The U.S. Bureau of Economic Analysis (BEA) released their annual comprehensive revision of the national income and product accounts on Wednesday, July 31. Most of the Financial news websites focused primarily on the first estimate of the second quarter of 2013, which was that economic growth was 1.7 percent. The analysis that was presented was that the 1.7 percent was higher than the consensus estimate of 1.5 percent, and thus, was good news. Also, we observed chief economics correspondents saying that they were puzzled by an acceleration of economic growth from quarter 1 to quarter 2, in light of the sequester. These analyses were surprisingly uninformed.
The BEA’s comprehensive revision data release is the largest and most significant economic data release in any given year. The PDF version of the press release that accompanies the updated data was 85 pages. However, even the large quantity of data in those 85 pages was merely the tip of a massive data release. This time the revisions did not just go back five or ten years as is typical, but instead, data like GDP was revised all the way back to 1929! The national income and product accounts dataset contains thousands of economic indicators at monthly, quarterly, and annual frequencies.
From the release we see that economic growth in 2012 was 2.8 percent. The economy, so far in 2013, is only up 1.4 percent from 2012. Unless 2013 second half economic growth is 4.25 percent or higher, which is very unlikely, then the economy will be weaker in 2013 than 2012. This is what financial news websites should have reported. I note also that an estimate of 1.7 percent versus one of 1.5 percent, taken as good news last week, is not statistically significant. Our new forecast for the second half of 2013, yet to be computed, will likely be around 2 percent, which would result in 2013 economic growth of 1.2 percent. It is quite possible that 2013 economic growth will be less than half the pace of 2012!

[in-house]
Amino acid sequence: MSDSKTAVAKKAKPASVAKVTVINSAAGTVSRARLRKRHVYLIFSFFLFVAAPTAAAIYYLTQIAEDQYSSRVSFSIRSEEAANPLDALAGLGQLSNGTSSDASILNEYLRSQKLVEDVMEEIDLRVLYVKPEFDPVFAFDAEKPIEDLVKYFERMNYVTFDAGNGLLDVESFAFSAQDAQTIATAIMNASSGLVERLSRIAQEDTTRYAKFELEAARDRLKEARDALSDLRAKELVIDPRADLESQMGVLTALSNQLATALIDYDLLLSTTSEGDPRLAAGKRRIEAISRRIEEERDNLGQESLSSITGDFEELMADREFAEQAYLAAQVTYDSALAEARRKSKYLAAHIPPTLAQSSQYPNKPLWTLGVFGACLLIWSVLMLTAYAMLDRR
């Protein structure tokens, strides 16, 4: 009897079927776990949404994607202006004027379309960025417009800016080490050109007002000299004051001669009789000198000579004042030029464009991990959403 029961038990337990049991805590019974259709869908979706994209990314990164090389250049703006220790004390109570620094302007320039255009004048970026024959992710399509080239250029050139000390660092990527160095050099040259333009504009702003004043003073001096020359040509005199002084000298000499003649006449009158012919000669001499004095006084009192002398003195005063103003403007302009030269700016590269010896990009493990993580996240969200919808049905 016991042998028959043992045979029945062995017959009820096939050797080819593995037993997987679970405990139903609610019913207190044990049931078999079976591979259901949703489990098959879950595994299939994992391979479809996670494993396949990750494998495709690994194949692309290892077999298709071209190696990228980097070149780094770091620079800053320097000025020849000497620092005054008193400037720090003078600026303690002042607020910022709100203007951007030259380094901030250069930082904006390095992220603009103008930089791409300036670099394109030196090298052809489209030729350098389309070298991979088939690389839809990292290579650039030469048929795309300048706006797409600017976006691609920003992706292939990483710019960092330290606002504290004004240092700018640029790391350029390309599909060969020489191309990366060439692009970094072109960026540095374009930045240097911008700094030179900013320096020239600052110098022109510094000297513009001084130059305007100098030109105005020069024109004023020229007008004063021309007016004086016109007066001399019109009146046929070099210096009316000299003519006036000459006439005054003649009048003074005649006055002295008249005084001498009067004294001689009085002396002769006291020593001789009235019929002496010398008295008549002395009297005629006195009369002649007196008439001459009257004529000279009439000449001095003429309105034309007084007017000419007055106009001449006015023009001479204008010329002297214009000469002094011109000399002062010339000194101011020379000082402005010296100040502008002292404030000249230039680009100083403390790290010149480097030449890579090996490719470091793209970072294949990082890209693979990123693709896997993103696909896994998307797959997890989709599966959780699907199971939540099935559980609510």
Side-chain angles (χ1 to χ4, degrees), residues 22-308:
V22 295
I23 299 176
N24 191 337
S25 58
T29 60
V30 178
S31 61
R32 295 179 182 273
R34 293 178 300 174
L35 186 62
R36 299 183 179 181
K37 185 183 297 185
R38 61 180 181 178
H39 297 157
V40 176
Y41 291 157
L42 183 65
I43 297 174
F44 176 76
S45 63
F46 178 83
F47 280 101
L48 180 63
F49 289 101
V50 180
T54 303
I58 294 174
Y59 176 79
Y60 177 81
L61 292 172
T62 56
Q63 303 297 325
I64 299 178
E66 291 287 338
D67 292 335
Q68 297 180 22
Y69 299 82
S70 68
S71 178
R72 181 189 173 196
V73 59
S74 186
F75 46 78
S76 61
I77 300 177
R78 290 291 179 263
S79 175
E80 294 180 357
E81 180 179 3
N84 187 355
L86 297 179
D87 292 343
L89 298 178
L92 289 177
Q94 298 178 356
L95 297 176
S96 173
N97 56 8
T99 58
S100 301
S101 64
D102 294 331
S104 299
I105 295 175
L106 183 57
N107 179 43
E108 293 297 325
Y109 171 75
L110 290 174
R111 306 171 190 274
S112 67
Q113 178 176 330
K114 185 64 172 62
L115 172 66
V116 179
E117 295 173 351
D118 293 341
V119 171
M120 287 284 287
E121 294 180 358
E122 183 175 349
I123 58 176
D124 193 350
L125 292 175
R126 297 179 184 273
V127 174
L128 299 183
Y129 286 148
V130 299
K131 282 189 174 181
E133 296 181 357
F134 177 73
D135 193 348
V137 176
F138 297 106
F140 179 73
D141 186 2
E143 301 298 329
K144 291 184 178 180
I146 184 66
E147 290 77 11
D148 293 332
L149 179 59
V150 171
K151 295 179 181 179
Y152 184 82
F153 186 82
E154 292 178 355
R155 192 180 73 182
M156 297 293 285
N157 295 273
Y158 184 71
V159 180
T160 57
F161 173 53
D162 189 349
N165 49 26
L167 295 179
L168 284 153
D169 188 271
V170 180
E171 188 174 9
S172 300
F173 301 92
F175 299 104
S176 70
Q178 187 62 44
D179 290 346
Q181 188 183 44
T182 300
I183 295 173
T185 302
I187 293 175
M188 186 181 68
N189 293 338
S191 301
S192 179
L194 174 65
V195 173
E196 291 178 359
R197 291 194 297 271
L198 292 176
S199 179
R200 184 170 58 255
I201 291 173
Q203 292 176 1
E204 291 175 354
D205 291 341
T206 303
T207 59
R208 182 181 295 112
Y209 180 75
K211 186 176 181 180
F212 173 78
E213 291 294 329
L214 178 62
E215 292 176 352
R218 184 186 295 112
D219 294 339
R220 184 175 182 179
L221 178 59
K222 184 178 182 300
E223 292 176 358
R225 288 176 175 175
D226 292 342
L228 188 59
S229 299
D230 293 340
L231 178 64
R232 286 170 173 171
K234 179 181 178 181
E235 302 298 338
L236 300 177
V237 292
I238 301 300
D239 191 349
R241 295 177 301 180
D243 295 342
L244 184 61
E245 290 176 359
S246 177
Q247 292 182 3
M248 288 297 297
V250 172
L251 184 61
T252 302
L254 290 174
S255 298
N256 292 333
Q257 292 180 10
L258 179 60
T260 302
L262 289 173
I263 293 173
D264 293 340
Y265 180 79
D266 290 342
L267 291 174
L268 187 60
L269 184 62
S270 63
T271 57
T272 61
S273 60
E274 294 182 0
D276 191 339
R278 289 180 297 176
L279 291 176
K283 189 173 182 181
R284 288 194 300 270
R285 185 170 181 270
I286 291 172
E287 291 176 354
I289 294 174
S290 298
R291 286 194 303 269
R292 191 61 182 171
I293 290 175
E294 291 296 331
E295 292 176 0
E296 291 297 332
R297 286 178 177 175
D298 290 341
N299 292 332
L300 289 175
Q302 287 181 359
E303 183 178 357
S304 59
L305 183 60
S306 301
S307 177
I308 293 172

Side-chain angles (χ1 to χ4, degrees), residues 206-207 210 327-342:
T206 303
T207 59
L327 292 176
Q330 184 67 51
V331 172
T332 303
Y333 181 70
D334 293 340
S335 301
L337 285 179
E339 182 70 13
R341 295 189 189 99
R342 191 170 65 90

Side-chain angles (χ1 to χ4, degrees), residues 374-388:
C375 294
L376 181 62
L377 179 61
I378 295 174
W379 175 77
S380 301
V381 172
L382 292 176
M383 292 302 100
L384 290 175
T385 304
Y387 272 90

Interestingly, despite the sequester, both Federal and overall Government sector expenditures rose in the second quarter of this year. The commentary on the sequester was misinformed. If believed the sequester would have an instant effect then Federal government expenditures should have contracted in quarter 2 rather than expanded.
Aside from the data, there is a popular presumption of a positive government expenditure multiplier, where the sequester should negatively impact economic growth. I note that the impact of changes to government expenditures on the economy should be decomposed into 2 pieces, an “identity” effect which would be immediate, and an “economic” effect, which likely occurs with a lag. The identity effect, by definition, will be positive. Thus, the sequester’s identity effect would be to slow economic growth. The economic effect, also referred to as the government expenditure multiplier, is uncertain. Leading empirical research cannot provide a conclusive answer to this question because of nasty measurement issues. To understand the main problem, realize that we cannot do a controlled experiment with the United States economy.
However, modern Macroeconomic theory does provide guidance on this question in a normally functioning economy. Given the government must ultimately pay for greater expenditures with either current or future taxation, and given that virtually all taxation is a disincentive to economic activity, the economic effect of government expenditures is likely negative. Thus, it could be the case that government expenditure expansion might lead to slower economic growth down the road. This is not to say that there should be no government, but that increasing the size of the government not necessarily a win-win policy from the point of view of future economic growth. Finally, a sequester that led to a contraction in government expenditures could lead to an expansion of economic growth down the road, another point missed by the press last Wednesday.